. "Reducing the Impacts of the North American Transportation Sector." Atmospheric Change and the North American Transportation Sector: Summary of a Trilateral Workshop. Washington, DC: The National Academies Press, 1998.
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Atmospheric Change and the North American Transportation Sector:: Summary of a Trilateral Workshop
such as Mexico and China. Sloan responded that ‘clean' cars are very difficult to sell to developing nations if they cost more than standard vehicles; the challenge will be to make them affordable so they will penetrate the market and achieve the desired environmental benefits. Other participants felt that it may take some kind of international standards to make the auto industry place higher priority on environmental impacts when selling and manufacturing vehicles to developing countries. There is a United Nations working group trying to harmonize vehicle regulations worldwide; however, some felt that the possibility of this effort succeeding is not high.
Wesoky pointed out that, in contrast to the auto industry, airlines are subject to international emissions standards (on take-off and landing only). Primarily because of economic considerations, aircraft fuel efficiency has continued to improve steadily over time. Most of the improvement has come from better propulsion technology, in particular smaller engine cores that run at higher temperature and pressures, thus requiring less fuel to produce a required thrust. Though NOx generally increases with higher temperature, innovative combustor design has actually resulted in lower emissions of this pollutant. Current research programs promise as much as a further 70 percent reduction in NOx below today's regulatory standards in about a decade.
The principal United States policy instrument to promote energy-efficient auto technology is the Partnership for a New Generation of Vehicles (PNGV). Scot Staley, from the U.S. Commerce Department, and Christine Sloan explained that PNGV is an unprecedented public/private partnership program involving many government agencies, national laboratories, universities, the big three auto manufacturers, and several smaller suppliers. The ultimate goal of PNGV is to develop a car that gets up to three times the fuel efficiency of today's cars while maintaining performance, utility, safety, and affordability. Two important operating goals of this program are to bring any new technologies into use as soon as they are commercially viable and to pay attention to design and manufacturing costs as an essential research topic. A few ‘concept ' vehicles have already been made and are beginning to be sold by some of the major auto manufacturers. However, nothing is on sale yet in the United States that can meet all the PNGV goals.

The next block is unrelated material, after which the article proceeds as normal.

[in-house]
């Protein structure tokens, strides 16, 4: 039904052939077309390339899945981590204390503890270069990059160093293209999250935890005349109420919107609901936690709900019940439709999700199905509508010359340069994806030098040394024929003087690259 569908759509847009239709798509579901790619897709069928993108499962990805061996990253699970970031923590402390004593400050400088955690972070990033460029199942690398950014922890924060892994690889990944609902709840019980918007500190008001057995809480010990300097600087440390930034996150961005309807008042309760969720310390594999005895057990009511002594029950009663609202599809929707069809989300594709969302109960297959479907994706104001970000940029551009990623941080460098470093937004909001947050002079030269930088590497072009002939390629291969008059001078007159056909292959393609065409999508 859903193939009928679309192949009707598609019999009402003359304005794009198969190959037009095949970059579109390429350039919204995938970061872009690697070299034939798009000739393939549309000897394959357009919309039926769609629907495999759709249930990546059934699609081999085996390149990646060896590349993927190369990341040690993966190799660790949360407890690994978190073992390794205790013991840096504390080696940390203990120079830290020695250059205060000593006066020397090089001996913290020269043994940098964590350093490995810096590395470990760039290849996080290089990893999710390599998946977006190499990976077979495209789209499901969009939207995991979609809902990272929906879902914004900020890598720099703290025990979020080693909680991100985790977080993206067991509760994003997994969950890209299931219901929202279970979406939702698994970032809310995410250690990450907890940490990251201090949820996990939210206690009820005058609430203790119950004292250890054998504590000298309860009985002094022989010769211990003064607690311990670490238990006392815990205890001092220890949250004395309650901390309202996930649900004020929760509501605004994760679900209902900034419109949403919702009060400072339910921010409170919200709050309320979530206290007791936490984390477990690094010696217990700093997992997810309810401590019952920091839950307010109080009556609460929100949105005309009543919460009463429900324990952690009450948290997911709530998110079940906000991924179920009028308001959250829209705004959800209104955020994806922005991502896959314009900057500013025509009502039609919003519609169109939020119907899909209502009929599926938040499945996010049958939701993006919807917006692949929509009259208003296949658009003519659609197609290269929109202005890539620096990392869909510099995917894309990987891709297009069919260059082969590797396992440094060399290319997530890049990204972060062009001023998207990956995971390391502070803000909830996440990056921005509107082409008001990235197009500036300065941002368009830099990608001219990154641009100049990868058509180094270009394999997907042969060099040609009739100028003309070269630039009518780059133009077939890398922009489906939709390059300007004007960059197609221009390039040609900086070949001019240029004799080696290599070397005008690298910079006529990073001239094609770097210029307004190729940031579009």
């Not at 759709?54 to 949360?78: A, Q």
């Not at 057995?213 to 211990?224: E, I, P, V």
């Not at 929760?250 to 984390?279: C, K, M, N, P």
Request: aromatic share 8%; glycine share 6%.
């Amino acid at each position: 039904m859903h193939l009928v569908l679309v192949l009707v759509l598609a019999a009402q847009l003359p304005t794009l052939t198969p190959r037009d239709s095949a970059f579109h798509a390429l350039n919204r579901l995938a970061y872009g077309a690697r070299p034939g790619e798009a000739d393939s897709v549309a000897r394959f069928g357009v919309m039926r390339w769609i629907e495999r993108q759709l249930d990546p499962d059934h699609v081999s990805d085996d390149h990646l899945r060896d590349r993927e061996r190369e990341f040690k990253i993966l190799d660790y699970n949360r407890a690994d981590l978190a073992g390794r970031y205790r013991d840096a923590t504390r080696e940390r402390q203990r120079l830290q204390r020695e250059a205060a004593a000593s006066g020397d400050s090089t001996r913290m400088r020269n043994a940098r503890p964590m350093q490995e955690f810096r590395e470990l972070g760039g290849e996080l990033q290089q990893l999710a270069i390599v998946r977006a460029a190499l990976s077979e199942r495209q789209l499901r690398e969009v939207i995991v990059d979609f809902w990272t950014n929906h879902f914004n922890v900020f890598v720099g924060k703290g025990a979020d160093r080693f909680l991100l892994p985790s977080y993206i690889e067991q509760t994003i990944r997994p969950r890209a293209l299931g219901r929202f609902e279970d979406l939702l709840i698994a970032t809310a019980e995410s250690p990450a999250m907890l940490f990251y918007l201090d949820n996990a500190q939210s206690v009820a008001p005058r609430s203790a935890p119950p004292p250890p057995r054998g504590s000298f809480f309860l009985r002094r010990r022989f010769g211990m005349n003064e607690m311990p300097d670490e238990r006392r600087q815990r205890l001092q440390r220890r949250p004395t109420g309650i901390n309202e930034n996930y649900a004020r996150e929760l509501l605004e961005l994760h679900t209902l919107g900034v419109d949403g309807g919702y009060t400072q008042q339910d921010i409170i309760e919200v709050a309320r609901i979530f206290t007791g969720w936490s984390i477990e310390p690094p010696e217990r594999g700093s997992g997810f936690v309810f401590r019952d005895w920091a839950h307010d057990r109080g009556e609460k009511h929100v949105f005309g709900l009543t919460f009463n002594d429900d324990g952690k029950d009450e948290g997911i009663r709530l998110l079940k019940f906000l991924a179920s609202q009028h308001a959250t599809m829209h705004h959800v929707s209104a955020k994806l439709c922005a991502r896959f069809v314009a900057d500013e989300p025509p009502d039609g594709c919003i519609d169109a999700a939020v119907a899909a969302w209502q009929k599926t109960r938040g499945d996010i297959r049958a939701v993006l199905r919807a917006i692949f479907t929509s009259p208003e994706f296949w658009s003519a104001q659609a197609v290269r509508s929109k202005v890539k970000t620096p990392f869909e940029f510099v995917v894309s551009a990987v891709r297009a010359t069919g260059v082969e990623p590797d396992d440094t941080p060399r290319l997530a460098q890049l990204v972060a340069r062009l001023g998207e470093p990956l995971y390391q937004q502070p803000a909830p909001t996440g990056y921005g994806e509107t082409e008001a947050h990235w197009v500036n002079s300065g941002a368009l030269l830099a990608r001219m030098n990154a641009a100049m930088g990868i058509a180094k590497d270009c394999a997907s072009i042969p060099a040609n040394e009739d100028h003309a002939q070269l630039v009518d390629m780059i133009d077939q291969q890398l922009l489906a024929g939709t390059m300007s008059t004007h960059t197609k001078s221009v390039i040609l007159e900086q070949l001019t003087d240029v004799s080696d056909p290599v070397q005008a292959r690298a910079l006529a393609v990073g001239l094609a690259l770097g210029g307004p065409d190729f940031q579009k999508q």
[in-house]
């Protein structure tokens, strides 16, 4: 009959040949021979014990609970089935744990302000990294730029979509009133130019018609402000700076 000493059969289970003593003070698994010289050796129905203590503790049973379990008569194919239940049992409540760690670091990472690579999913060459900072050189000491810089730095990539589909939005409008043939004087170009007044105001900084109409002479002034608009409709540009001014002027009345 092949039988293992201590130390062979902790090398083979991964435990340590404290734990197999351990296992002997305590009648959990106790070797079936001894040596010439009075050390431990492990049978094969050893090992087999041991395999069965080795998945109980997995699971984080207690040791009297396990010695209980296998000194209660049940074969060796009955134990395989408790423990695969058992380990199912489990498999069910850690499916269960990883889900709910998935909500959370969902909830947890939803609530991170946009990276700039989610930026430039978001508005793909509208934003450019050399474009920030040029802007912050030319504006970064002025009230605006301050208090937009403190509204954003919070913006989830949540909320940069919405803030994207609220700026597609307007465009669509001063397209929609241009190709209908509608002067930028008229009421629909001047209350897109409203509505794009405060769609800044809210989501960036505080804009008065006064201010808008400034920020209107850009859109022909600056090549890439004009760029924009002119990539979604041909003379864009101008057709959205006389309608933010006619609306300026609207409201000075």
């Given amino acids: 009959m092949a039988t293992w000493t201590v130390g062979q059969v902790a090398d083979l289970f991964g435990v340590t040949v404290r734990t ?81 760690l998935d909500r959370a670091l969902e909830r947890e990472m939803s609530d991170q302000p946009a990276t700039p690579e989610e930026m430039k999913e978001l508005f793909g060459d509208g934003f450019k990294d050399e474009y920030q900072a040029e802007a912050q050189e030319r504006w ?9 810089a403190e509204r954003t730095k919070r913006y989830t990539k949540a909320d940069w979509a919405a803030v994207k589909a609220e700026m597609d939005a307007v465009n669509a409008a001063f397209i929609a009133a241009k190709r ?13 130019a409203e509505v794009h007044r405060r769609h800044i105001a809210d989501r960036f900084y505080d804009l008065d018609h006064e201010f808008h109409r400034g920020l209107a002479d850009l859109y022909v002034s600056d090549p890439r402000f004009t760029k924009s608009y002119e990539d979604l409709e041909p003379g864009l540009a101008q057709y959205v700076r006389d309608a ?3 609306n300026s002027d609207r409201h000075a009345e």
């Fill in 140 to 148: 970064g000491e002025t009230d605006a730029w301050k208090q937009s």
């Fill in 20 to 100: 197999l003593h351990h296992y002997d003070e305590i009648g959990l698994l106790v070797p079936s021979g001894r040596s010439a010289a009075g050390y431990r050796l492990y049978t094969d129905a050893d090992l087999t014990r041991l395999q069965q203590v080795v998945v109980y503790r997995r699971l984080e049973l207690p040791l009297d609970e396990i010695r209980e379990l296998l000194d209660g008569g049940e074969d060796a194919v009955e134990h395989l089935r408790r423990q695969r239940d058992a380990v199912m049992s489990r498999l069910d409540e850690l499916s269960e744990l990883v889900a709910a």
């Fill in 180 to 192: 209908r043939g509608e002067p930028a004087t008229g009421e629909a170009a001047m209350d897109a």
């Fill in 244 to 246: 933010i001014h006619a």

All of the leadership, management, and technical teams in the PNGV program are jointly run by government and industry. The government objectives are to reduce pollutant and GHG emissions from cars, to reduce our dependence on foreign oil, and to change the balance of trade. Industry's objectives are to provide technology to help the U.S. auto industry maintain global leadership and to address environmental concerns without having to resort to command-and-control regulations. According to Staley, this partnership works because it helps all those involved to meet their objectives.
PNGV was largely viewed by the workshop participants as a highly successful program; however, some general concerns were raised. Staley, Greene, and others stated that the program warrants far greater levels of funding, guaranteed over reasonably long time scales. Sperling brought up the point that ‘winner' technologies could be chosen prematurely, leaving good options behind. Some suggested that the program needs to be expanded to be more international in scope; but others disagreed, saying that this would be far too complex to handle. Sloan added that cooperative arrangements should not be too cooperative, that is, they should still try to take advantage of competition as a powerful motivating force within the auto industry.
In addition to such partnership programs, there are many regulatory tools that governments can use to encourage development of efficient and alternative fuel vehicles. Some of those discussed include: corporate and government fleet quotas; liability limits for companies bringing new products to market; tax credits to manufacturers for selling clean vehicles; tighter Corporate Average Fuel Economy (CAFE) standards, perhaps tradeable between manufacturers.
There were several points of disagreement among the participants about the effectiveness of these different policies. For instance, many people supported strong emission standards, but others stated that this approach was too inflexible and called for some kind of average fleet emissions standards (analogous to the CAFE standards). Some participants indicated that the fleet quotas and regulatory standards should be deliberately set ahead of the R&D curve, to drive the technology forward; but others argued that the public will not accept new regulations unless it is convinced that the needed technology is already available.